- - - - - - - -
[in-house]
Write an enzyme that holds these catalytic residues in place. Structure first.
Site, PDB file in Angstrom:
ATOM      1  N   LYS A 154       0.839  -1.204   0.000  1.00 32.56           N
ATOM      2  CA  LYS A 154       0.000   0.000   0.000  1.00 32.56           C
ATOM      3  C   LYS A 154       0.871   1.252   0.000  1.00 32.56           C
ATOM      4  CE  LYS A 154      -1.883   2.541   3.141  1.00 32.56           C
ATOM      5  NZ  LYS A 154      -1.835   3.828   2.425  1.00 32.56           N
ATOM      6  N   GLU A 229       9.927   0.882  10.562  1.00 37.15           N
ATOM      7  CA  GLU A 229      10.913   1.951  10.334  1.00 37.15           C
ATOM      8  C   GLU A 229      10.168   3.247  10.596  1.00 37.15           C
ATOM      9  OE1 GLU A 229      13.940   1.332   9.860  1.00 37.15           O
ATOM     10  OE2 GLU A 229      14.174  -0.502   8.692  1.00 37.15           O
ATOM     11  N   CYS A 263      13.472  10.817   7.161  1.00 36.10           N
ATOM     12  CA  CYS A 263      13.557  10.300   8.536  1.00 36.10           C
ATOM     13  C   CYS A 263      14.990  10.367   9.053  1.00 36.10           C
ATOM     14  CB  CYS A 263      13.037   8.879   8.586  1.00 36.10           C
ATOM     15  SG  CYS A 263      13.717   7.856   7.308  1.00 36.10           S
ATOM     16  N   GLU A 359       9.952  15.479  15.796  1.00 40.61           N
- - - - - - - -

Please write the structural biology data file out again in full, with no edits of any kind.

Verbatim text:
[in-house]
Write an enzyme that holds these catalytic residues in place. Structure first.
Site, PDB file in Angstrom:
ATOM      1  N   LYS A 154       0.839  -1.204   0.000  1.00 32.56           N
ATOM      2  CA  LYS A 154       0.000   0.000   0.000  1.00 32.56           C
ATOM      3  C   LYS A 154       0.871   1.252   0.000  1.00 32.56           C
ATOM      4  CE  LYS A 154      -1.883   2.541   3.141  1.00 32.56           C
ATOM      5  NZ  LYS A 154      -1.835   3.828   2.425  1.00 32.56           N
ATOM      6  N   GLU A 229       9.927   0.882  10.562  1.00 37.15           N
ATOM      7  CA  GLU A 229      10.913   1.951  10.334  1.00 37.15           C
ATOM      8  C   GLU A 229      10.168   3.247  10.596  1.00 37.15           C
ATOM      9  OE1 GLU A 229      13.940   1.332   9.860  1.00 37.15           O
ATOM     10  OE2 GLU A 229      14.174  -0.502   8.692  1.00 37.15           O
ATOM     11  N   CYS A 263      13.472  10.817   7.161  1.00 36.10           N
ATOM     12  CA  CYS A 263      13.557  10.300   8.536  1.00 36.10           C
ATOM     13  C   CYS A 263      14.990  10.367   9.053  1.00 36.10           C
ATOM     14  CB  CYS A 263      13.037   8.879   8.586  1.00 36.10           C
ATOM     15  SG  CYS A 263      13.717   7.856   7.308  1.00 36.10           S
ATOM     16  N   GLU A 359       9.952  15.479  15.796  1.00 40.61           N